Working as COVID-19 contact tracer becomes complex as cases with no known source increase

·3 min read

There are over 5,000 active cases of COVID-19 in Alberta and each case offers insight into how to better track the virus.

However, the job of tracing the origin is getting harder. Nearly half of active cases now have no known source.

Angela Jacobs, who is with the communicable diseases control branch at Alberta Health Services, told the Calgary Eyeopener there are 800 people working on the contact tracing team, but that the job has become more challenging.

How the job works

Jacobs says most contract tracers work remotely and spend their days making phone calls to individuals with COVID-19.

"They then chat with them about where they've been in the 14 days prior to their symptoms onset to see where they may have got the disease from," she said.

She says their team tries to ensure they talk to that individual within 24 hours of them receiving a positive test result from AHS, but sometimes that can be compromised.

"(There is) a delay in getting ahold of the case, they aren't able to answer the phone, whatever that might look like, which then further puts us behind," she said.

"So it really is important in those situations where if a case gets that positive notification and they're waiting, that they're putting together those close contact lists and they're reaching out to people that they know and letting them know."

Once the contract tracer gathers all of that information, it is documented and reported to AHS.

The practice sounds simple; however, Jacobs says that over time, the complexity of interactions began to change.

  • Check out the full interview on the Calgary Eyeopener below.

"When they give us the list of places they've been and there's maybe some warning bells going off in our head like, 'OK, well, this person maybe attends school or this person works maybe at a health-care facility or a high-risk employment scenario,'" she said.

"They attended a large gathering, maybe a wedding, and if they had events like that in the 14 days prior to their symptom onset and we don't know of a case in any place where they may have been in contact, we get worried about all of those events and places."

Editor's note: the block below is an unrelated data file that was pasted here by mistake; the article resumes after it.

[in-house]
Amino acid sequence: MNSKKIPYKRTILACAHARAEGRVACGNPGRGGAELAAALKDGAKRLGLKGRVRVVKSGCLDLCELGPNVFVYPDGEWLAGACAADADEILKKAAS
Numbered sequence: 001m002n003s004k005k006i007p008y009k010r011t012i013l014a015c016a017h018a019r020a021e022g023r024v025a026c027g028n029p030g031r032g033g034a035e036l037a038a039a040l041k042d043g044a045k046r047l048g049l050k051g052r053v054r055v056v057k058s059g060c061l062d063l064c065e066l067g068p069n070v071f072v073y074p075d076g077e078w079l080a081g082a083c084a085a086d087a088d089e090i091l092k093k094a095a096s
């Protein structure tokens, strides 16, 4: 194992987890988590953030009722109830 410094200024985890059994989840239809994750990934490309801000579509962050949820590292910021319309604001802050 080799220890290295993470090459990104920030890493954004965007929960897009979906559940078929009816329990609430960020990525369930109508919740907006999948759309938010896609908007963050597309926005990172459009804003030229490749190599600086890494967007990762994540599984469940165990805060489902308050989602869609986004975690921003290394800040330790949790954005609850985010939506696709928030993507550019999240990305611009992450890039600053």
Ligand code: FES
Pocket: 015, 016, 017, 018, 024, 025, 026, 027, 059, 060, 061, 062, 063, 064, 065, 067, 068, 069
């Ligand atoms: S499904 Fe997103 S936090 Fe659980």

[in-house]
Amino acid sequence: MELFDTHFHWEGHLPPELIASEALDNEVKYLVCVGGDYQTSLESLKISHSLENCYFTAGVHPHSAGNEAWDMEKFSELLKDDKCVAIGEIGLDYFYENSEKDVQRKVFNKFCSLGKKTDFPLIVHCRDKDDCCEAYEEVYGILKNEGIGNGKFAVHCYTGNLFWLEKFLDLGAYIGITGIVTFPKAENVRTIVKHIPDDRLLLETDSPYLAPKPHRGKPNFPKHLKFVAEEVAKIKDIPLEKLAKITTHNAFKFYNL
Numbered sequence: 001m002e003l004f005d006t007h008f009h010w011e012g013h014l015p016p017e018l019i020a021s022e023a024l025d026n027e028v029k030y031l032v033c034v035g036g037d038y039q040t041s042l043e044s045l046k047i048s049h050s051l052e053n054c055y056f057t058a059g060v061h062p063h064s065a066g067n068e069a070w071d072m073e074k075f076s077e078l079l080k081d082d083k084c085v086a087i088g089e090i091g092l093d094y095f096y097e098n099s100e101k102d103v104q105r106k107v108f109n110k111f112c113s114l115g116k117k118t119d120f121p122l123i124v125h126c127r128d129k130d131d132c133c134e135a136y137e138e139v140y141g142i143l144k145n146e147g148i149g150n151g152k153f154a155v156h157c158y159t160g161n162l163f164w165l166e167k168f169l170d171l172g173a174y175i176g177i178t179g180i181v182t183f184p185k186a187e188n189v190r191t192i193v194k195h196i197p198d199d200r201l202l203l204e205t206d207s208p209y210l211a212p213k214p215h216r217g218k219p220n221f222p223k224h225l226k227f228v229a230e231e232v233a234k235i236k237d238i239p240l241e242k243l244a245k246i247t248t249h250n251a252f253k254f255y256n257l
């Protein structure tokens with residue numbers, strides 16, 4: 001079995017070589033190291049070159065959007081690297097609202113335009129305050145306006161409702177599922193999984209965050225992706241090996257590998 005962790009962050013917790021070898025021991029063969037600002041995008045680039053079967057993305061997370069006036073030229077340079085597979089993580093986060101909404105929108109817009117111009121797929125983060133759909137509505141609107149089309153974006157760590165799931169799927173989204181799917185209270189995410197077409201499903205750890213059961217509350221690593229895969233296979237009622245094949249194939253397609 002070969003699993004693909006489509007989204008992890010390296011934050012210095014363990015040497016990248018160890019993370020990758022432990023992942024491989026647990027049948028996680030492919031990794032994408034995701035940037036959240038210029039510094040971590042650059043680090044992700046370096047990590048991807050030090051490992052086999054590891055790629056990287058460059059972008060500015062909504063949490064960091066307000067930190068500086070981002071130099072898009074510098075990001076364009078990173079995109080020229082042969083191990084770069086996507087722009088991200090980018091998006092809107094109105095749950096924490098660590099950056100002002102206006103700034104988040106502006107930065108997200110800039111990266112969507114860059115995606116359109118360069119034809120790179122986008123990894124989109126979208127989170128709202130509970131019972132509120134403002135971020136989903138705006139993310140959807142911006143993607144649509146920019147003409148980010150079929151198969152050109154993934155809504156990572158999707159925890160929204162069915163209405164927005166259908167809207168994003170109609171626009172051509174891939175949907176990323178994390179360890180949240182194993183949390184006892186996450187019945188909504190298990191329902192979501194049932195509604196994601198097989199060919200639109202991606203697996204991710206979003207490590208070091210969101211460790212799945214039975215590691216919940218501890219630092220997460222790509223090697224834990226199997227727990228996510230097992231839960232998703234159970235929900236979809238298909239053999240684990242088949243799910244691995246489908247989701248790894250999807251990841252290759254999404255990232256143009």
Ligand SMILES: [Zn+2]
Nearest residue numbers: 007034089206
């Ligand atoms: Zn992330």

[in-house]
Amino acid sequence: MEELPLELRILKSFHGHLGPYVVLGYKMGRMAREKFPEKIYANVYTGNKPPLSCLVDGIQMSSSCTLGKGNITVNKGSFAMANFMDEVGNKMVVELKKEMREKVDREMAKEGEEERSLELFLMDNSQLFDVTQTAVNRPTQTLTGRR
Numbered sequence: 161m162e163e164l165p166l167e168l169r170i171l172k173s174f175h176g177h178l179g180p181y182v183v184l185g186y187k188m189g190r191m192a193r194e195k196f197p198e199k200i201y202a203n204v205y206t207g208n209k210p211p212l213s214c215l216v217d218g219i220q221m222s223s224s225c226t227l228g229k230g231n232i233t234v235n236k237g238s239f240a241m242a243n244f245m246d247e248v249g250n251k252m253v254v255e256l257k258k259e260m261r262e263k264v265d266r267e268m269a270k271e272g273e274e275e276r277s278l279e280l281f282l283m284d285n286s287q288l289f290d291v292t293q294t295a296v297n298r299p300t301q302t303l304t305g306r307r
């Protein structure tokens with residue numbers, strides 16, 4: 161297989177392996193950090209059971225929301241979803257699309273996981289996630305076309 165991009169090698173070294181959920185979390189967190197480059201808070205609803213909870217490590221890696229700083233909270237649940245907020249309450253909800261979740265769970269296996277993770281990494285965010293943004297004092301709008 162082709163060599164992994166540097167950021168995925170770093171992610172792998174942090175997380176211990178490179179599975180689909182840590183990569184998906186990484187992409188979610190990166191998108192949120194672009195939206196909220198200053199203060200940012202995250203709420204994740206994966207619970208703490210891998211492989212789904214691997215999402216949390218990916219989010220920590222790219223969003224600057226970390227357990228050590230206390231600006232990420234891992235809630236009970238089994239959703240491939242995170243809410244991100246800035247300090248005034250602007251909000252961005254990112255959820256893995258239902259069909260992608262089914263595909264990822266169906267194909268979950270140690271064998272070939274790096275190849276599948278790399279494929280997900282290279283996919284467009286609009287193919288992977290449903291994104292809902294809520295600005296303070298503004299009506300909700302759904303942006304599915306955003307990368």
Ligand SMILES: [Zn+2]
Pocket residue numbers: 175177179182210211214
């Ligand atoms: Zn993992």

Albertans reluctant to share information

Dr. Deena Hinshaw, Alberta's chief medical officer of health, said a few week prior that more Albertans are showing reluctance to share key information with contact tracers — including where they've been while infectious.

"It is understandable that people are tired of COVID and angry at the ways that their lives have been disrupted. Unfortunately, choosing not to work with contact tracers does not make that better. It makes it worse," Hinshaw said.

"If you are diagnosed with COVID, please don't turn any understandable anger against the contact tracers, who are doing their job as part of a collective effort to maintain manageable levels of transmission."

Jacobs says this type of situation is not entirely unexpected but is something that they've seen more of compared with the beginning of the pandemic.

"We're not looking to lay blame, we're not looking to shame, we're not looking to lay people down with fines," she said.

"We're really calling people to work together with them to do the best that we can all do to protect the people that they care about and the people that are in their lives."

Jacobs says that, at the end of the day, contact tracers are trying to protect and support Albertans during these troubling times.

"They're all somebody's mom or dad or child or aunt or uncle or whatever the case might be.… If we know that we potentially prevented 20 or 100 people from being infected or exposed, that helps us sleep better at night."

With files from the Calgary Eyeopener.